The battle for the Bitcoin white paper took a fresh twist this week when someone else claiming to be Satoshi Nakamoto reportedly made a legal play for educational portal Bitcoin.org.
Back in July, self-proclaimed Bitcoin creator Craig Wright won a default judgment in London’s High Court that ordered “Cøbra,” the pseudonymous owner of Bitcoin.org, to cease serving the document to the UK.
But Cøbra tweeted Monday to reveal the court set a date to hear an appeal against that judgment — brought by somebody identifying as Bitcoin’s Nakamoto, who disappeared way back in 2011.
Wright began copyright proceedings against Cøbra in February, shortly after he threatened to sue anyone hosting the Bitcoin white paper without his permission.
This is despite Nakamoto originally sharing the document under the permissive MIT Software License, which allows anyone to freely use, modify, copy, distribute, and publish it.
Due to Cøbra not residing in the UK and repeatedly refusing to reveal their real identity, Wright was forced to serve the lawsuit via email.
And although Cøbra initially claimed they were happy to continue fighting the litigation-happy Australian businessman, they failed to respond within the set 22-day window — handing a default win to Wright.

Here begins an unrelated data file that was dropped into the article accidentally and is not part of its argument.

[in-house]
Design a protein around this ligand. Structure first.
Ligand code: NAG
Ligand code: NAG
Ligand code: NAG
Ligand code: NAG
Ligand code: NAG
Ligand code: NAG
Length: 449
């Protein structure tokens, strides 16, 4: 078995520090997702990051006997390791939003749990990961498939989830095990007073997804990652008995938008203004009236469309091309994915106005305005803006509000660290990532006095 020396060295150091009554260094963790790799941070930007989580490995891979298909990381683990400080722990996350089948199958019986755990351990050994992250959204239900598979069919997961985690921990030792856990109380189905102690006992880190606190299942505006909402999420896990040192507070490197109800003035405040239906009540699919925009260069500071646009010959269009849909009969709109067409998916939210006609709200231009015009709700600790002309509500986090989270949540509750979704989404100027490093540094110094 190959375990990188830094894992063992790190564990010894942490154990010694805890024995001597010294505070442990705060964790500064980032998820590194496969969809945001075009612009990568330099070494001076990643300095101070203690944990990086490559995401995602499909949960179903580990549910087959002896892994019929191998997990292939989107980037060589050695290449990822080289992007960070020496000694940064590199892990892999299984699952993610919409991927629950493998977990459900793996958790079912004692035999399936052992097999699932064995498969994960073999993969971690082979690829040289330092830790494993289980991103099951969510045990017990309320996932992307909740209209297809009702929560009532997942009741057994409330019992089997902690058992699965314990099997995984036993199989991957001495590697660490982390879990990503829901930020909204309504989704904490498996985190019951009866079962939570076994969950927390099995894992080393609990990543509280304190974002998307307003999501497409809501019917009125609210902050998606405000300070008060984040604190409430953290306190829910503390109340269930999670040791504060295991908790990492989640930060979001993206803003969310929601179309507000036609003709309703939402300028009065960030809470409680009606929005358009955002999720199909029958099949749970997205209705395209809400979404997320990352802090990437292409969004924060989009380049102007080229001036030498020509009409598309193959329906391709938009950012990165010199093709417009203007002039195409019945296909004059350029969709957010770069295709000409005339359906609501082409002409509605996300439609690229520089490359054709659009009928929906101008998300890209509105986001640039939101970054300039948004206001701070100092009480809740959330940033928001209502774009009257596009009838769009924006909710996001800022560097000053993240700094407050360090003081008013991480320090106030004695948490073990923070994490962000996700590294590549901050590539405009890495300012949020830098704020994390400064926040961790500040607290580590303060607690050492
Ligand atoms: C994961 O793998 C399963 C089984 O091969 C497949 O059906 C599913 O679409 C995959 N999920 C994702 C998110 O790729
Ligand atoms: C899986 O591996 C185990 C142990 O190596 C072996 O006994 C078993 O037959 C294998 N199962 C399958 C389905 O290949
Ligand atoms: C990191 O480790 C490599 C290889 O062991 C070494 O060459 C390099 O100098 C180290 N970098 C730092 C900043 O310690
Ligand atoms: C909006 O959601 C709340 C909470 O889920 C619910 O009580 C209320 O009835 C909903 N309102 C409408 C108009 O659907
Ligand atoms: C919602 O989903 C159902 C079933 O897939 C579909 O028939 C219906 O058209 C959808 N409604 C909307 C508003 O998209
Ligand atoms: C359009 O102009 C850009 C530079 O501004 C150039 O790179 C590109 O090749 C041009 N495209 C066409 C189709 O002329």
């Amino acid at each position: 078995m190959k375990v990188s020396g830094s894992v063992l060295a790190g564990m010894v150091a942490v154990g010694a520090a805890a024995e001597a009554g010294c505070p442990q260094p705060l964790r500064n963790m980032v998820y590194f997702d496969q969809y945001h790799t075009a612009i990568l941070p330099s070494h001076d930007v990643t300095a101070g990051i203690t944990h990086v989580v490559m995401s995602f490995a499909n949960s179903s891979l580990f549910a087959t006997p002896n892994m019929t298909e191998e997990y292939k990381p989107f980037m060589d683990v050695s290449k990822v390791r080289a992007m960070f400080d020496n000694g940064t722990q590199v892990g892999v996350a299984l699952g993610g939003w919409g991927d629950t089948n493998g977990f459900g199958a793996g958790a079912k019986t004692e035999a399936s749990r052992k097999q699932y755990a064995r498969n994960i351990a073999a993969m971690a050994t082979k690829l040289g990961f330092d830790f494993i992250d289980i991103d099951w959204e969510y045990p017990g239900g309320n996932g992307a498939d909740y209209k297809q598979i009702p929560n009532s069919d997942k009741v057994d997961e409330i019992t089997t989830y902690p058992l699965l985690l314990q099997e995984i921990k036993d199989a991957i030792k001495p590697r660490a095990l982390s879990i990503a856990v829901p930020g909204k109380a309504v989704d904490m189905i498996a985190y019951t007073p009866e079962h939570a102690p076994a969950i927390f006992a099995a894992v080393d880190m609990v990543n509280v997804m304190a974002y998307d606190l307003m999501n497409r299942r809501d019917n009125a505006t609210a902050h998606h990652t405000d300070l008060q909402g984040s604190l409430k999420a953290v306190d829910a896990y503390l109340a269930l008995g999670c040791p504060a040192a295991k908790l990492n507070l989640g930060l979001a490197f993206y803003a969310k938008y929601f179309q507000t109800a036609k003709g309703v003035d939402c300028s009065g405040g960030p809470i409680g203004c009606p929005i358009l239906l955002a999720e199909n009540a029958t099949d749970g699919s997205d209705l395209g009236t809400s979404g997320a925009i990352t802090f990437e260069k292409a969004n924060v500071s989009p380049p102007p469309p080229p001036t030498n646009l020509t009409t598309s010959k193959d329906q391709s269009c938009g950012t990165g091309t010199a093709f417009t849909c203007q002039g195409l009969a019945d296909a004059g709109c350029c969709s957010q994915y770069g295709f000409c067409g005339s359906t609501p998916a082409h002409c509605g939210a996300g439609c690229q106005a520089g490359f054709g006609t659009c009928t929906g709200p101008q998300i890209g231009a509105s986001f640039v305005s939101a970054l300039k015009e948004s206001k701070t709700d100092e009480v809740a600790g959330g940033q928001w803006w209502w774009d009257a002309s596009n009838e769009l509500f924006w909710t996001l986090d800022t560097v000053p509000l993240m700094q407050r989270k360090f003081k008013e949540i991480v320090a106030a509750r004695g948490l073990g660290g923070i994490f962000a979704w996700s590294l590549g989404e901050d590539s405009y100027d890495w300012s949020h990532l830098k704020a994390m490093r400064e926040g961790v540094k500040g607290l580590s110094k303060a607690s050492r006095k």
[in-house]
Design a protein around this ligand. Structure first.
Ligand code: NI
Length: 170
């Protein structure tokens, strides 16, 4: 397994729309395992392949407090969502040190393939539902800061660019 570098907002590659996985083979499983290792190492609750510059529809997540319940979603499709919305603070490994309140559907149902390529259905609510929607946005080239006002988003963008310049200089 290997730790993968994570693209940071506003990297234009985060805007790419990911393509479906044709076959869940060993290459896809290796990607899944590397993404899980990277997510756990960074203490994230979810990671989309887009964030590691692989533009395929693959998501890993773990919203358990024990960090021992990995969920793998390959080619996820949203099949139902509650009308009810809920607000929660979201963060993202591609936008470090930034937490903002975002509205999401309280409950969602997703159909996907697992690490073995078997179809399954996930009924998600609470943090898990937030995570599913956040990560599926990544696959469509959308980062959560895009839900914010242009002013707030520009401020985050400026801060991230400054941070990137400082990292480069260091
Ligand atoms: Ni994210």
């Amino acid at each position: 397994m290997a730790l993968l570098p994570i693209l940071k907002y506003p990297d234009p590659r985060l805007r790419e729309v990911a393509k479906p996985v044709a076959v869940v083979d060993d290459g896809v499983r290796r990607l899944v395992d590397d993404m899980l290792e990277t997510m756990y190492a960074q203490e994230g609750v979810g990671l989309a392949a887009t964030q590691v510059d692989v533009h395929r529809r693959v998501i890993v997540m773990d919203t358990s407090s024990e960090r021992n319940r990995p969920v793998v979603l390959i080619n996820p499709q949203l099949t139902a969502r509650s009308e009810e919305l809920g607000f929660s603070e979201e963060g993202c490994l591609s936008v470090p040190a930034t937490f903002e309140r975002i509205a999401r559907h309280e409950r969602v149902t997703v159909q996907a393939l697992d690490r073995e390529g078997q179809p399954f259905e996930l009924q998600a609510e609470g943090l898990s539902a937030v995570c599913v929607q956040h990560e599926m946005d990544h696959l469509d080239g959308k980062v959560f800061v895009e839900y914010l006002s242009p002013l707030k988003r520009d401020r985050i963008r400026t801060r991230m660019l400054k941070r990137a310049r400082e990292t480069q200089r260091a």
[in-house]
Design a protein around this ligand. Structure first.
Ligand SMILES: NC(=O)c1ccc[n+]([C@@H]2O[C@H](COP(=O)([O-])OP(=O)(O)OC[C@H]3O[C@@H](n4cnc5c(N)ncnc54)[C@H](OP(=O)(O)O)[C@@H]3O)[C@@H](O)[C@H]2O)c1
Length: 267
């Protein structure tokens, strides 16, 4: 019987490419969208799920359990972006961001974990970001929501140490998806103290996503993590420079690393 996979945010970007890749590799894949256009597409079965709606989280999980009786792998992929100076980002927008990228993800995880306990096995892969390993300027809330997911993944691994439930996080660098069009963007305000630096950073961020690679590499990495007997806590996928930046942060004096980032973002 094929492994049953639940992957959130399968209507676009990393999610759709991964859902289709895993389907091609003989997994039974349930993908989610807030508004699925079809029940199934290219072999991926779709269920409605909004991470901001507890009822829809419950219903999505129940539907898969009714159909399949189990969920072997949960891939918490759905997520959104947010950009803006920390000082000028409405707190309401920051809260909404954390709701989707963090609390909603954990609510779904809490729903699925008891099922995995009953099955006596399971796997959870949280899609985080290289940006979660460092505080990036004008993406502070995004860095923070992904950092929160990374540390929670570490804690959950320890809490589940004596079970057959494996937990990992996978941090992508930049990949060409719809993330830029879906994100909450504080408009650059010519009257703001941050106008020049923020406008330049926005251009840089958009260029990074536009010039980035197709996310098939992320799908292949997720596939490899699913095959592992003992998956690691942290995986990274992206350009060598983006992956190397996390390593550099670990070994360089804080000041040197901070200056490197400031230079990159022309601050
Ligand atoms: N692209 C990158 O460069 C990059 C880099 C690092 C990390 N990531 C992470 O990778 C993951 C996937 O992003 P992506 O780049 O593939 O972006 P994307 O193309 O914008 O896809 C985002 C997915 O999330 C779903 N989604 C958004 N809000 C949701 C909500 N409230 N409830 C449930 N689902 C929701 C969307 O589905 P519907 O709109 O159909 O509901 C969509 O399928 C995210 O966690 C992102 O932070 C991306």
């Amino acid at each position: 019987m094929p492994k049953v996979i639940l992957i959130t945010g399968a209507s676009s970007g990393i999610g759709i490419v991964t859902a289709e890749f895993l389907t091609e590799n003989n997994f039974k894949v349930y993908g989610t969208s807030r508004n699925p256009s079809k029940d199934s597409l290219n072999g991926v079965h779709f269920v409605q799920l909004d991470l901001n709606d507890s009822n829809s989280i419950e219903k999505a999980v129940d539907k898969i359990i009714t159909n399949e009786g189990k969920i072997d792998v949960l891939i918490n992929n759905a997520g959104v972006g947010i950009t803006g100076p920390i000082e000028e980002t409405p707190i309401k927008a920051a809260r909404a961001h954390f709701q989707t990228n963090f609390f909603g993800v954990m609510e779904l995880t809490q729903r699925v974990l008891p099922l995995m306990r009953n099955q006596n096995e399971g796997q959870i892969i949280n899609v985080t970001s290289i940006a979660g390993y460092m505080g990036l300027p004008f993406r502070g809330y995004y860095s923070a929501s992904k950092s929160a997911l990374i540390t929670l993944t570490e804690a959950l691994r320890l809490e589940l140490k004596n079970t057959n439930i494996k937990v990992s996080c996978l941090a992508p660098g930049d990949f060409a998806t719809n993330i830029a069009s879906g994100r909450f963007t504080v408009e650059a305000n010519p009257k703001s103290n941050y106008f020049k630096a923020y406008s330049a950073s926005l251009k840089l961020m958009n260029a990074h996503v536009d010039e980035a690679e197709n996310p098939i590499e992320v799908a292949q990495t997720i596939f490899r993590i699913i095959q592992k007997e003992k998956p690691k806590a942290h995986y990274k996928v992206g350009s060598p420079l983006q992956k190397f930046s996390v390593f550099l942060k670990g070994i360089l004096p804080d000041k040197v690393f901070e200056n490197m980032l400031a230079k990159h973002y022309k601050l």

It’s worth noting that despite Wright’s legal “victory,” he still hasn’t produced any concrete proof he’s Satoshi.
Wright could sign to prove Satoshi claim
Wright has maintained he penned the 2008 Bitcoin white paper since Wired first floated his claim to the Satoshi moniker in 2015.
However, few have taken the claims seriously.
Most industry insiders agree Wright only has to sign a transaction using a private associated with any block known to have been mined by Bitcoin’s creator in its early years (or just move some early BTC).
Wright still hasn’t done that.
And while Cøbra’s Bitcoin.org must refrain from serving the Bitcoin white paper to the UK, Protos previously reported that well over 100 websites still do.
Not to mention, the Cryptocurrency Open Patent Alliance (COPA) — led by Jack Dorsey’s Square — filed a civil lawsuit in April to demand Wright prove he’s Satoshi in a bid to settle the matter.
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